Oil valuation rules are generally based on this assumption and commonly allow for use of monthly or quarterly average prices to increase the pool of comparable uncontrolled prices. If there are insufficient arm’s-length sales from the reservoir to provide a reasonable range of comparable uncontrolled prices in a period, it may be possible to use benchmark prices. These may be used on their own or in conjunction with actual arm’s-length sales of the crude oil to be valuated, and combinations of benchmarks may be used.

There are differences in quality light or intermediate crude oil has a higher proportion of the lighter components, such as gasoline, most in demand, and sweet (low sulfur) crude oil can be refined more cheaply than the sour variety but crude oil from one reservoir is often physically comparable in quality with that from other locations and is priced similarly in commercial transactions. Spot prices for a range of widely traded crude oil varieties are quoted on international exchanges and in publications and databases of organizations such as Platts, which provides the data required for benchmark or reference pricing.

Generally, once a similar quality benchmark crude oil has been identified, standard formulas can be applied to adjust its price to reflect measured differences in its physical quality. Adjustment may also be needed for transportation cost differences, as discussed previously. Benchmark pricing is consistent with standard commercial practice because sales between independent parties are often priced on the basis of a benchmark crude oil with a premium or discount.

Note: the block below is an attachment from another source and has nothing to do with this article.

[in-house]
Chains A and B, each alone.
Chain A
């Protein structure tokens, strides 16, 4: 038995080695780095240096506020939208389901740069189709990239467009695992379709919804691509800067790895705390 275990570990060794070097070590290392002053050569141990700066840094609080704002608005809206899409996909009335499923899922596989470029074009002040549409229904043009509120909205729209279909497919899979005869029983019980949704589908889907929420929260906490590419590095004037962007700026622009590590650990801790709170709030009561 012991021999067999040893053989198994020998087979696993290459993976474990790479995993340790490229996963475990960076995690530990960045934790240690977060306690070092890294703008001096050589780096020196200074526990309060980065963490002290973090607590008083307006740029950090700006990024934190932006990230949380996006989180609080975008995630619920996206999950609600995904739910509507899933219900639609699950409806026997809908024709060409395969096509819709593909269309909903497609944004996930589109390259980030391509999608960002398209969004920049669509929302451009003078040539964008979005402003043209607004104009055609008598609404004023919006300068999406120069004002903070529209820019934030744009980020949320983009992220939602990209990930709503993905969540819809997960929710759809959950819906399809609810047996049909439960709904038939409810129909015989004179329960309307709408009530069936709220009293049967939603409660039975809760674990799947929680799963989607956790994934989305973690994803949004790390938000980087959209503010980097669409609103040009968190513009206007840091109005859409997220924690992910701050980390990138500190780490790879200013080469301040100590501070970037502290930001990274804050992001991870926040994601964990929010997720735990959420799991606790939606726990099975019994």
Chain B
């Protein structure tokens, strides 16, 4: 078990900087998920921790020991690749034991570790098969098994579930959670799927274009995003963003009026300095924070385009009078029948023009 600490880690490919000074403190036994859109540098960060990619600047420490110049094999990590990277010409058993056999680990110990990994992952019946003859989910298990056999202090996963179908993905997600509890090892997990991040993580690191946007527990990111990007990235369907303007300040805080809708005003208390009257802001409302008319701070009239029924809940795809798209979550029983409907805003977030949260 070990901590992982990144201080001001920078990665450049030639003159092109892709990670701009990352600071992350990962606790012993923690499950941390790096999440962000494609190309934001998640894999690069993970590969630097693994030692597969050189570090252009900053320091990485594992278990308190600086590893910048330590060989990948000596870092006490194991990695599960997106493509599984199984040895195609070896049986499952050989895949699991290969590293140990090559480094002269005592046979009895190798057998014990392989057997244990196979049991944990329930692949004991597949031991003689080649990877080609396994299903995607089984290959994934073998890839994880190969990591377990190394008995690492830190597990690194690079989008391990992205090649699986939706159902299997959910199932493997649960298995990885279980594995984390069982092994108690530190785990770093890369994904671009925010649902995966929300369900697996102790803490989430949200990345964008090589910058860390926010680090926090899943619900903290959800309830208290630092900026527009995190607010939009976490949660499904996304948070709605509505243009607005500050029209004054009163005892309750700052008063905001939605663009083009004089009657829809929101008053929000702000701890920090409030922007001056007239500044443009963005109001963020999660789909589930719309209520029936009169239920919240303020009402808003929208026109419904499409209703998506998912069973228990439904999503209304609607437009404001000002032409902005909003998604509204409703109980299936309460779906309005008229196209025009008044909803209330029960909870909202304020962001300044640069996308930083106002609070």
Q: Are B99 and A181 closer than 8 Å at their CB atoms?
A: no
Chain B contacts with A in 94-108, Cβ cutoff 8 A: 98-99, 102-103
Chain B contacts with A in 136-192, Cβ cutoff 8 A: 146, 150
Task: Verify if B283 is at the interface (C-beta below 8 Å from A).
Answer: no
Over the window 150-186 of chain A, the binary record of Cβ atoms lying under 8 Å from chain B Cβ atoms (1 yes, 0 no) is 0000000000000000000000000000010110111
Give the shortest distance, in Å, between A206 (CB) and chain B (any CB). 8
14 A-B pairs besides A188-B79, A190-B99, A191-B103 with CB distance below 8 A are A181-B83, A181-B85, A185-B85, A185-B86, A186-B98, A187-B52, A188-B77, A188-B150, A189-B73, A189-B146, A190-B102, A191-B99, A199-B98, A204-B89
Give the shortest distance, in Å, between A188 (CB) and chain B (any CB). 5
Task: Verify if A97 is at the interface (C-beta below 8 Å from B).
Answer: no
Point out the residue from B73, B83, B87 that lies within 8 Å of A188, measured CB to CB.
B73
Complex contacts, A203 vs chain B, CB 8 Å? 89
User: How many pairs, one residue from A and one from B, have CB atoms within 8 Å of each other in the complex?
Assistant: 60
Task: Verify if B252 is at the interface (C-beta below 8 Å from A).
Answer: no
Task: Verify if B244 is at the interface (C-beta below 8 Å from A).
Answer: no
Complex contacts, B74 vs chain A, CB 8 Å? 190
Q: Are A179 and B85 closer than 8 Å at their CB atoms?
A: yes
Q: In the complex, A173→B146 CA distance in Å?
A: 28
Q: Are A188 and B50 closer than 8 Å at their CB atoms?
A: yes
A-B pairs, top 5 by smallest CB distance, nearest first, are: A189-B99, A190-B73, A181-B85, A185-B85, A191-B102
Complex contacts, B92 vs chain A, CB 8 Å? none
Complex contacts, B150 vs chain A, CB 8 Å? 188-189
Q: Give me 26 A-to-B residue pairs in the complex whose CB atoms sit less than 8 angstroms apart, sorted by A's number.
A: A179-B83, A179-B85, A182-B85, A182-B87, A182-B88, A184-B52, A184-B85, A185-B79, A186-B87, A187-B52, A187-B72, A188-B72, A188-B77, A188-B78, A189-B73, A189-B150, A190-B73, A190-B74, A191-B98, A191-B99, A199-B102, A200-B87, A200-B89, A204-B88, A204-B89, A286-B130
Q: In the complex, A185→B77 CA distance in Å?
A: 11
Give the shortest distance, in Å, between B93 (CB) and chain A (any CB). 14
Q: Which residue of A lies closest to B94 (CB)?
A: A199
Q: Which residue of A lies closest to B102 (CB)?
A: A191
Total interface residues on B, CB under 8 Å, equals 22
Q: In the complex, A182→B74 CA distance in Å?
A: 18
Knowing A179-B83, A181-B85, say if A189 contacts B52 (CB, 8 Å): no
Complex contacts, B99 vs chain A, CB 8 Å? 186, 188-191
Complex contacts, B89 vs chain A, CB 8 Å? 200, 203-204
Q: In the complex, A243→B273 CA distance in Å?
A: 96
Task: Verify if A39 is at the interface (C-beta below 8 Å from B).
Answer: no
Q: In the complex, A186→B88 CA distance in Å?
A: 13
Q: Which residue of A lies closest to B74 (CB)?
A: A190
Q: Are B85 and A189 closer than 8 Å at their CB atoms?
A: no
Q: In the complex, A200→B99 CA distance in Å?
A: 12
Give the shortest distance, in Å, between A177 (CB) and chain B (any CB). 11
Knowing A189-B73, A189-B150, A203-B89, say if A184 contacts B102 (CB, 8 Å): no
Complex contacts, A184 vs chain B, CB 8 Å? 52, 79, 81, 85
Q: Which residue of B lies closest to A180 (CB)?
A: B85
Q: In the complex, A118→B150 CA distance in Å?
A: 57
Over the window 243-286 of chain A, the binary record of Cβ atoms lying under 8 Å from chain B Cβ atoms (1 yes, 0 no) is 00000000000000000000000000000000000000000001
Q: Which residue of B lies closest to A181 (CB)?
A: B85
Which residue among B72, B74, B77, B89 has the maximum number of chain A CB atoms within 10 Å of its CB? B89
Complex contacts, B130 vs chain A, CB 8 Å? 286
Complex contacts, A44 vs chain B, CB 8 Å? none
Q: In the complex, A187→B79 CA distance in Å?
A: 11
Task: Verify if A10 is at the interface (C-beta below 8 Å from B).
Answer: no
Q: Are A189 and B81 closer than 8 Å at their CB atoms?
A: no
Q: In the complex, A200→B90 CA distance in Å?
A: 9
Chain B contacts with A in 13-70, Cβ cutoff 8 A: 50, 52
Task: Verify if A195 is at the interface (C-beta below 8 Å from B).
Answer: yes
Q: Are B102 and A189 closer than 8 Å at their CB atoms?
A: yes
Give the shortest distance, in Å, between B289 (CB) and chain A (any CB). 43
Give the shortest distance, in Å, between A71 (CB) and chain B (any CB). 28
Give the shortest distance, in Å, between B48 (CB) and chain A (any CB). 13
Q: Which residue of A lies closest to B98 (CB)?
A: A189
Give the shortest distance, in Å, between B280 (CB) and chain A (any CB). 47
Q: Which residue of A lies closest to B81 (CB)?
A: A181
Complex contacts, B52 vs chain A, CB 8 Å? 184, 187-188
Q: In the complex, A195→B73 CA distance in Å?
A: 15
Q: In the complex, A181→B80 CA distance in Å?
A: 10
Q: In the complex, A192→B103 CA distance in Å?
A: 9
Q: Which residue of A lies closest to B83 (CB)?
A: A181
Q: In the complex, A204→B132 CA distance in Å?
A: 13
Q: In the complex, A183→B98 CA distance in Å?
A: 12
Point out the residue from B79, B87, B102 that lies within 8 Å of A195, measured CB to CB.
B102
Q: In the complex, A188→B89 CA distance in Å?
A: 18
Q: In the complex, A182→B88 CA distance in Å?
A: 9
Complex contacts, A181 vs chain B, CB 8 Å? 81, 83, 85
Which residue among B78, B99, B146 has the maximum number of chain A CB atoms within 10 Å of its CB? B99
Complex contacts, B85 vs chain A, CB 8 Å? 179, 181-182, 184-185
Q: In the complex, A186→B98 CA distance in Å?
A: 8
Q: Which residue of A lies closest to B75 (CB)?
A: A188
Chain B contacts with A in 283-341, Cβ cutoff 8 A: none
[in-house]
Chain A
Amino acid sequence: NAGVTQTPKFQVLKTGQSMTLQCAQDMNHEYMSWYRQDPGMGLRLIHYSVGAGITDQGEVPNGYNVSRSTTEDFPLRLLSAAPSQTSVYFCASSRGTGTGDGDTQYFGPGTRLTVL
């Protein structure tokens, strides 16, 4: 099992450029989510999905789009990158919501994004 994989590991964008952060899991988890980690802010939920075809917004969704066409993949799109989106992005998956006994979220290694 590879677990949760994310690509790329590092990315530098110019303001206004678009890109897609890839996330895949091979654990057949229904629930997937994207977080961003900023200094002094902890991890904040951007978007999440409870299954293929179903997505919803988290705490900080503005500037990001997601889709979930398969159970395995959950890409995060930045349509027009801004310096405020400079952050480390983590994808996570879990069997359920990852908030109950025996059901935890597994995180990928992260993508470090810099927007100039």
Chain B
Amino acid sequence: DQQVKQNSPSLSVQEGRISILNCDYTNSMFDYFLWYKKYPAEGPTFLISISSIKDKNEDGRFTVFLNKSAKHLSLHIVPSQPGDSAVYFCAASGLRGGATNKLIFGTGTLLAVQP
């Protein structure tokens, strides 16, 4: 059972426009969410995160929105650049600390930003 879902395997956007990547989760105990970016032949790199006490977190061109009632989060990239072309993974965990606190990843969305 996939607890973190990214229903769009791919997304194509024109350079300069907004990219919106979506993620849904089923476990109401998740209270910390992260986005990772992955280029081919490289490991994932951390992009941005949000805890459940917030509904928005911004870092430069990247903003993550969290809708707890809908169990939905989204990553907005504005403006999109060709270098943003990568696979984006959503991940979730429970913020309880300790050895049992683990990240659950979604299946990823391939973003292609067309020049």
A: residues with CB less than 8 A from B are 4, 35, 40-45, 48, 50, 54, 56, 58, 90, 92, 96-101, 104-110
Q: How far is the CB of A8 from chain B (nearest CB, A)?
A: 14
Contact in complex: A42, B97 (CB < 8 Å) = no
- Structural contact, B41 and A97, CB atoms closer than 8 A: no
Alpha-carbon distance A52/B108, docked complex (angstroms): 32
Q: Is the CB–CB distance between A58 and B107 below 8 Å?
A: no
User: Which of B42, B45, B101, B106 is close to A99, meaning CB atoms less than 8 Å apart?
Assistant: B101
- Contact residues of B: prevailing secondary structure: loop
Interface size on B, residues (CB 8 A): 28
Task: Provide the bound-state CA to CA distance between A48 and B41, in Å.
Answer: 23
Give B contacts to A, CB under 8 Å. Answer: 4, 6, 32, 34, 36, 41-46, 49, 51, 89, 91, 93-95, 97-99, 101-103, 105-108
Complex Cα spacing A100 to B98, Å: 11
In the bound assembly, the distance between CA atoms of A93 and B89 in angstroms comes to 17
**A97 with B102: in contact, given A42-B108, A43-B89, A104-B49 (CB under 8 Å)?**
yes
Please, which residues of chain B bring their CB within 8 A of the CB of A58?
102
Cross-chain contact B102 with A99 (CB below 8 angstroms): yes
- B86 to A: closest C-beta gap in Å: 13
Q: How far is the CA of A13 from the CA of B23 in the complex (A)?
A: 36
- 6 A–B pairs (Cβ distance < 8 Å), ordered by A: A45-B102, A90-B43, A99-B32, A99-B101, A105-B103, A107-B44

If local arm’s-length sales are consistently priced in this way, it may be possible simply to use the standard market premium or discount rather than calculate quality and transportation cost differentials independently.

Inconsistency between transfer pricing rules in production sharing agreements (PSAs) and tax legislation should be avoided.

Usually a PSA article sets out oil valuation rules for production sharing and royalty purposes. It usually contains a specific transfer pricing rule (or in some cases rules for norm pricing), and this is not always reflected in general income tax legislation, which contains only a general transfer pricing rule. PSA valuation rules vary, but they often require arm’s-length sales to be valued at actual sale prices and non-arm’s-length sales on the basis of the weighted average of arm’s-length sales in the month or quarter; if less than half of the oil sold in the period is sold at arm’s length, however, the average price of one or more designated benchmarks, adjusted for quality and transportation cost differentials, is used.

Such specific rules cannot be inferred from a general transfer pricing rule, and could even be inconsistent with it, because average prices may not be equivalent to arm’s-length prices on the date of sale. There is usually no clear policy reason for different valuation of oil sales for income tax and royalty and production sharing, and there are clear administrative advantages to using the same basis.

Disputes about oil transfer pricing should not need to be resolved under different rules for different taxes for no good reason. PSA valuation rules may be applied for income tax purposes as a matter of practice, but as a matter of law PSAs cannot usually override general tax legislation.

Income tax rules should therefore be aligned with PSA rules unless, exceptionally, there is perceived to be a policy reason for them to differ.